Action strategies to help you avoid a risky sexual situation are: Listen respectfully Be firm Don’t back down Go out with another couple or group of friends Do not use alcohol or other drugs Have several ideas in mind for other things to do Keep your curfew Make sure your body language matches your words Set limits when dealing with risky sexual situations: Tell the person what you’ve decided and, if you want to tell why. Make a specific request If the person says “no”, you could ask why or accept the answer and leave the situation Restate the decision Try another way to solve the problem, but do not change your decision Restate your decision, if you choose, leave the door open. Relationships & Dating
Relationships & Dating Has someone you liked ever ignored you or failed to include you? If so then you have been rejected. • Rejection is the feeling of being unwelcome or unwanted. • Every human being will experience rejection in his or her life at some point and it is important to remember that YOU are someone important, even when a person does not want to have a relationship with you. • http://www.youtube.com/watch?v=fcwIEupH7UU
Relationships & Dating • Three Stages of a Relationship • Sparkle (Infatuation) • Disillusionment • Mutual Acceptance (Mature Love) • All relationships go through these stages. Whether it is friendship or a romantic relationship, one can expect to see these stages.
Stage #1: The Sparkle (Infatuation) To begin this relationship you must be open and vulnerable In the beginning, the person seems perfect for you You can’t see enough of each other Any lack of attention brings anxiety, fear, rejection, and/or jealousy You don’t see the other person’s faults/imperfections Relationships & Dating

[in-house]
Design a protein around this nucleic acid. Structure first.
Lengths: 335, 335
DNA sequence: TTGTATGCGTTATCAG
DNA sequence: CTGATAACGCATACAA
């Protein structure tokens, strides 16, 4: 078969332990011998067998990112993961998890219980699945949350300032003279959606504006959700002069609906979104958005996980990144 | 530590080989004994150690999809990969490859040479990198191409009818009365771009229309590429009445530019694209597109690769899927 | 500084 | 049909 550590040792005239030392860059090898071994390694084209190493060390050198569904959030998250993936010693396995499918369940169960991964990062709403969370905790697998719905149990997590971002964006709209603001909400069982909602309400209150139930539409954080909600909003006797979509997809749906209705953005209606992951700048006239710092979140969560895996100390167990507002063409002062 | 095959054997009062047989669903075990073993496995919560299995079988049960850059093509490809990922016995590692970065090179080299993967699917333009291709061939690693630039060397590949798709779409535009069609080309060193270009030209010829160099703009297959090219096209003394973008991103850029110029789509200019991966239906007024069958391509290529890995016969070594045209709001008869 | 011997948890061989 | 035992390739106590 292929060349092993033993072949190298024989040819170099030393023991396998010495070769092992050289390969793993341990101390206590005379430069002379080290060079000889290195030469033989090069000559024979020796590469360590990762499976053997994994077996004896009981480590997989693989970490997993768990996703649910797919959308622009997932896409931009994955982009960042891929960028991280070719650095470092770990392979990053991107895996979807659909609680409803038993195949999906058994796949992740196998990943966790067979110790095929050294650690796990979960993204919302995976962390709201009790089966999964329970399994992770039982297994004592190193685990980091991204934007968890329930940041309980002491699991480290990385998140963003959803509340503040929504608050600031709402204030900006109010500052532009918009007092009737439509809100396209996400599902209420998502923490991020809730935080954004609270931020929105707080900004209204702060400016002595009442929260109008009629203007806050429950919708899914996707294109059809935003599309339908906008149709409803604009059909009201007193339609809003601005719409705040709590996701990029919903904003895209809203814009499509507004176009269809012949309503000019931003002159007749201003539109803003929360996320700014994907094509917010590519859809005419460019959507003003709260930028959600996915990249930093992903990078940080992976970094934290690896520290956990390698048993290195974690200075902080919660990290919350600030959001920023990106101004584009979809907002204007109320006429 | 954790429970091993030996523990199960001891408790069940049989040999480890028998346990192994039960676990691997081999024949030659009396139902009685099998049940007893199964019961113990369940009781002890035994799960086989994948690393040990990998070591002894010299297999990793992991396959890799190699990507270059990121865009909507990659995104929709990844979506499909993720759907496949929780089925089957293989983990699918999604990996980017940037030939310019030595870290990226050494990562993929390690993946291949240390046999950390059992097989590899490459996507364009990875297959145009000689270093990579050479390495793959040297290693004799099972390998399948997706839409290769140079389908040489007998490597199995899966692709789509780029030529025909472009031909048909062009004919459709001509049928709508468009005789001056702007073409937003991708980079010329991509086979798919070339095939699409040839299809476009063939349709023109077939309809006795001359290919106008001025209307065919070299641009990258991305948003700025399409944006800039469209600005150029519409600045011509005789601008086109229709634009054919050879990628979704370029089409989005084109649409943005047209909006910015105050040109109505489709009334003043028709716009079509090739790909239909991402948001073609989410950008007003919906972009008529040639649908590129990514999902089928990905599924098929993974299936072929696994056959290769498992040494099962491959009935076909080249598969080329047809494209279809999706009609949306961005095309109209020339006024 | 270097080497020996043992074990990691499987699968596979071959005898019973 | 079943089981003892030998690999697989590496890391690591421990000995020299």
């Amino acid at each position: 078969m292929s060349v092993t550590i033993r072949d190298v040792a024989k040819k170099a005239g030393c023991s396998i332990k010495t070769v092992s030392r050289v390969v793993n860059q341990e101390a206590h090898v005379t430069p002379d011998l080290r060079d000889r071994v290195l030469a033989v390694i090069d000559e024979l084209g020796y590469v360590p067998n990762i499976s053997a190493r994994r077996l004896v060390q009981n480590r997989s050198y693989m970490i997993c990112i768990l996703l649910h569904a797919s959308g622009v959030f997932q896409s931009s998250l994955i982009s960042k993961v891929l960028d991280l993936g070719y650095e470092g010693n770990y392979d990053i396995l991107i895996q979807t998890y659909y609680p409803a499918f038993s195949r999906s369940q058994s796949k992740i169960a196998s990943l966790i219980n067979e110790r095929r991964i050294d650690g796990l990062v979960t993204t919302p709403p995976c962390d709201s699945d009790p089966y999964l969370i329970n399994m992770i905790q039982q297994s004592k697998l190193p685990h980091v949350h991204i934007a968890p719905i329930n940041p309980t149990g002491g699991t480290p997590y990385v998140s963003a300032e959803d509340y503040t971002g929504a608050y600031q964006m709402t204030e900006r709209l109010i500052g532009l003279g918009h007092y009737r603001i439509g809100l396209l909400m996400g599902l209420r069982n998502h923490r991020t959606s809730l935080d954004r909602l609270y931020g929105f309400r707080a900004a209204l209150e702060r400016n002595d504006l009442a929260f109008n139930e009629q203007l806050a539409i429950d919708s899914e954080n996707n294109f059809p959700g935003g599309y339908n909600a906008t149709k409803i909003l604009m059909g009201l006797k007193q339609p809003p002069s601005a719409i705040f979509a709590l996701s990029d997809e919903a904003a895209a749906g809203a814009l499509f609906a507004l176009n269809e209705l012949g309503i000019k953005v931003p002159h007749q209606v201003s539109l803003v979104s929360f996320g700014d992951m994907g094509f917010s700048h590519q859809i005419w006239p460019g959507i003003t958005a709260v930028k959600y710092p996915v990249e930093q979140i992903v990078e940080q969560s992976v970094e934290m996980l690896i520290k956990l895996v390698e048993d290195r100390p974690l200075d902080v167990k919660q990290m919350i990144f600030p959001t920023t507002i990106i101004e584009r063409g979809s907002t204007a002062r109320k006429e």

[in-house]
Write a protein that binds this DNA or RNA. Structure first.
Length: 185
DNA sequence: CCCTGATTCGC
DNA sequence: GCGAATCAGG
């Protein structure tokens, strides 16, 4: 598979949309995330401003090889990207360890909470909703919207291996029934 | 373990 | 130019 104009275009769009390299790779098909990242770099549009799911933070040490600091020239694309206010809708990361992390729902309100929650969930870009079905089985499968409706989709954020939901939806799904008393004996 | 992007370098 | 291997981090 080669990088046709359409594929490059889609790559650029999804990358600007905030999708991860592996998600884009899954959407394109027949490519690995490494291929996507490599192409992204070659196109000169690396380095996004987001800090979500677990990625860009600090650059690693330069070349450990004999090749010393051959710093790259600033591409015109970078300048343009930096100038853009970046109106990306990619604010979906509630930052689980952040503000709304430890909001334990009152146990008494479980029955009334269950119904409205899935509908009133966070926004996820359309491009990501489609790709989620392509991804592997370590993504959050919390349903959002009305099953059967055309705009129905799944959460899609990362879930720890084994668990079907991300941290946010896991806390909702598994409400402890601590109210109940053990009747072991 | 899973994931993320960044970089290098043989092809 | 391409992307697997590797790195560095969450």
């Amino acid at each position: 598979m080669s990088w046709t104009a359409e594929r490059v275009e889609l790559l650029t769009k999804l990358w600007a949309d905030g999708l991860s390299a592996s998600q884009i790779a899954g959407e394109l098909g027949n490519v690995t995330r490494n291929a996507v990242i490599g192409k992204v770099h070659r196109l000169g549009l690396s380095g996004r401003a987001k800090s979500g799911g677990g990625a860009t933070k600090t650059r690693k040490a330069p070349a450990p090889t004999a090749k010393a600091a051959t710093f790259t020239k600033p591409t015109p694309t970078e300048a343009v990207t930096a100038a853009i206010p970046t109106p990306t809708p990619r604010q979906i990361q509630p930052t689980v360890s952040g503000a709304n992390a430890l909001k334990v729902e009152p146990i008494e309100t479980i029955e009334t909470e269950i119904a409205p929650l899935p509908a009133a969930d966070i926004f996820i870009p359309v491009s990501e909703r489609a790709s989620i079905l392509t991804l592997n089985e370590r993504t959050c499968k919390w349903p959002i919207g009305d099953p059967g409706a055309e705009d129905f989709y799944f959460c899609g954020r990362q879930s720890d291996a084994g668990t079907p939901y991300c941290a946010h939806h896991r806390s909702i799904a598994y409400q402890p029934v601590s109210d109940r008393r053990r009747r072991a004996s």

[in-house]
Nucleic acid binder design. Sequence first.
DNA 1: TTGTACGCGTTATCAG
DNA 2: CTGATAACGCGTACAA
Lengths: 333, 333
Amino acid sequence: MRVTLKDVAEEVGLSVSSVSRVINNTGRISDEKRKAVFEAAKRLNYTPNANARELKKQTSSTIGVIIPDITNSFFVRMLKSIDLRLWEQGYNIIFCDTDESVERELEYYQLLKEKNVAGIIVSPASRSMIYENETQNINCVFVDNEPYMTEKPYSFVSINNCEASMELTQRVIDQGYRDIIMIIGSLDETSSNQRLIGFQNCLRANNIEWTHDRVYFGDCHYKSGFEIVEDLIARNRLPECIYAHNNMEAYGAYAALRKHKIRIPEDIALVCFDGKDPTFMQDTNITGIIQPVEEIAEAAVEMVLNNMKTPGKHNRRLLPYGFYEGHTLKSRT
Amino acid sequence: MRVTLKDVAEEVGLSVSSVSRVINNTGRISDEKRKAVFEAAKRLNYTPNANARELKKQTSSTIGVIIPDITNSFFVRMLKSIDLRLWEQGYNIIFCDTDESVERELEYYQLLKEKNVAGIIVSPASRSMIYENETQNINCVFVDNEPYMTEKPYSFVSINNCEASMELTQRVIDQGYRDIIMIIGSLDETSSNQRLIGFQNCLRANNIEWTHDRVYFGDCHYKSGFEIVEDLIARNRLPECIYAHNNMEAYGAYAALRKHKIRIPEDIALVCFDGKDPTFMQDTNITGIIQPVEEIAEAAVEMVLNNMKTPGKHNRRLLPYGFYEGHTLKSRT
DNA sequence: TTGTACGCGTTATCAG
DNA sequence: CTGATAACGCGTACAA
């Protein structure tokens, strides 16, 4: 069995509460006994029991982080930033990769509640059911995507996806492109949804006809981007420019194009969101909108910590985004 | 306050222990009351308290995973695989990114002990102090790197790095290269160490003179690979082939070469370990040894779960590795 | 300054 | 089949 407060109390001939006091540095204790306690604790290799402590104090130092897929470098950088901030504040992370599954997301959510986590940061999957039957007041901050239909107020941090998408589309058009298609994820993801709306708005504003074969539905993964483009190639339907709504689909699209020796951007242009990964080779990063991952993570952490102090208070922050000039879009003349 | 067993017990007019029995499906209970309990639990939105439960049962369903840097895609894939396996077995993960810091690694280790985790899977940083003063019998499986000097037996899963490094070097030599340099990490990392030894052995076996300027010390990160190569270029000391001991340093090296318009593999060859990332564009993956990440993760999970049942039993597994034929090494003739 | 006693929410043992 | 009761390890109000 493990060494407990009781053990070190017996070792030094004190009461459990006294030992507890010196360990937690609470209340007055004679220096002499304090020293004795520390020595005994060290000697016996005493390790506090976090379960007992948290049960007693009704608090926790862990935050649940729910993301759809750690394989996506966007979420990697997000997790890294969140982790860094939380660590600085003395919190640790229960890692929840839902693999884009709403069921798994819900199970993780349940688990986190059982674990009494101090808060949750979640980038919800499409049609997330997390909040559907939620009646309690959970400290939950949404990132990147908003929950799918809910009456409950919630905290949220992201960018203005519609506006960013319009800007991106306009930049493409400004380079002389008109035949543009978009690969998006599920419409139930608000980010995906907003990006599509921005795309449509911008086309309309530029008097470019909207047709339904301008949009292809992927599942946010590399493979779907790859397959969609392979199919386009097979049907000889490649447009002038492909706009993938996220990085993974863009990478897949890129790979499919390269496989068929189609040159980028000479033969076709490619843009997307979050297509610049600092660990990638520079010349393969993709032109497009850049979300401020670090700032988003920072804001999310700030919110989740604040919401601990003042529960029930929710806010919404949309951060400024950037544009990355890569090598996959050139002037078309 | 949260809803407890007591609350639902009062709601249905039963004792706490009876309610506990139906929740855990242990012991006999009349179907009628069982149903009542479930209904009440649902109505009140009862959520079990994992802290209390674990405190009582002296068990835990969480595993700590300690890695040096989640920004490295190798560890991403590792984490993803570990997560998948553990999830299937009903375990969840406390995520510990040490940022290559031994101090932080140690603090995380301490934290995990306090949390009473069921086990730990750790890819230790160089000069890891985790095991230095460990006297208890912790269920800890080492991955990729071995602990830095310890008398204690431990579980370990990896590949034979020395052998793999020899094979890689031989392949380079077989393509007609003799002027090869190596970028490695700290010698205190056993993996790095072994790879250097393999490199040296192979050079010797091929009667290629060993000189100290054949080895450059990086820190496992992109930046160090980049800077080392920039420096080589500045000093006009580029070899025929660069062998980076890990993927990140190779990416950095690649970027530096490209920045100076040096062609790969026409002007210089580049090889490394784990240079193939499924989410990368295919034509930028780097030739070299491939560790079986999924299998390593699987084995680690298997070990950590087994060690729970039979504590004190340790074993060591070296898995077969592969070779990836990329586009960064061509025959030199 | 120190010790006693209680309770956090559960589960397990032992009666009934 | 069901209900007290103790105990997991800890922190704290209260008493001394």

Stage #2: Disillusionment Begin to see the other person’s faults Become irritable or competitive with each other Thinking “maybe they aren’t as perfect as I thought” One of the following may happen: Come to grips with the imperfections (you accept who they are and are OK with that) OR Withdrawal of affection and ending of relationship (you realize they are not the person for you) Relationships & Dating
Stage #3: Mutual Acceptance (Mature Love) See and accept the flaws in the other person Can be yourself and feel secure without jealousy Trust has been built over time. Can be adventuresome and spontaneous Affirms your self worth (they make you feel positive about yourself) Relationships & Dating
Relationships & DatingDaily Review • Define a healthy friendship • a balanced relationship that promotes mutual respect • What do healthy relationships do? • Add quality to life • If someone has no ____________in themselves then it is going to be hard for someone else to like them • Self confidence • A ____________is a verbal exchange of feelings, thoughts, ideas, & opinions • Conversation • _____________is an action a person chooses that threatens health and can cause disease, injury and premature death. • Risk Behavior • __________is a circumstance or place that one puts/finds themselves in that threatens health and can cause disease, injury and premature death. • Risk Circumstance
Relationships & DatingDaily Review cont…. • ___________ is the process through which you send & receive messages • Communication • What are the major components of communication? • Speaking, listening, writing, body language • ___________ is telling someone exactly how you feel • Assertiveness • ____________ is the feeling of being unwelcome or unwanted • Rejection
Relationships & Dating • ACTIVITY #4 Three Stages of a Relations ship
Relationships & DatingBell Ringer #2 ACTIVITY #4 Perfect Romance • Get into groups of 3-5 • Select a recorder and a speaker for your group • Each group is to work together as a team to come up with what they believe is the best romantic date
Abuse • Relationships that are not healthy are based on power and control, not equality and respect. In the early stages of an abusive relationship, you may not think the unhealthy behaviors are a big deal. However, possessiveness, insults, jealous accusations, yelling, humiliation, unwanted physical touching, pushing or other negative, abusive behaviors, are -- at their root -- exertions of power and control. • Remember that abuse is always a choice and you deserve to be respected. There is no excuse for abuse of any kind.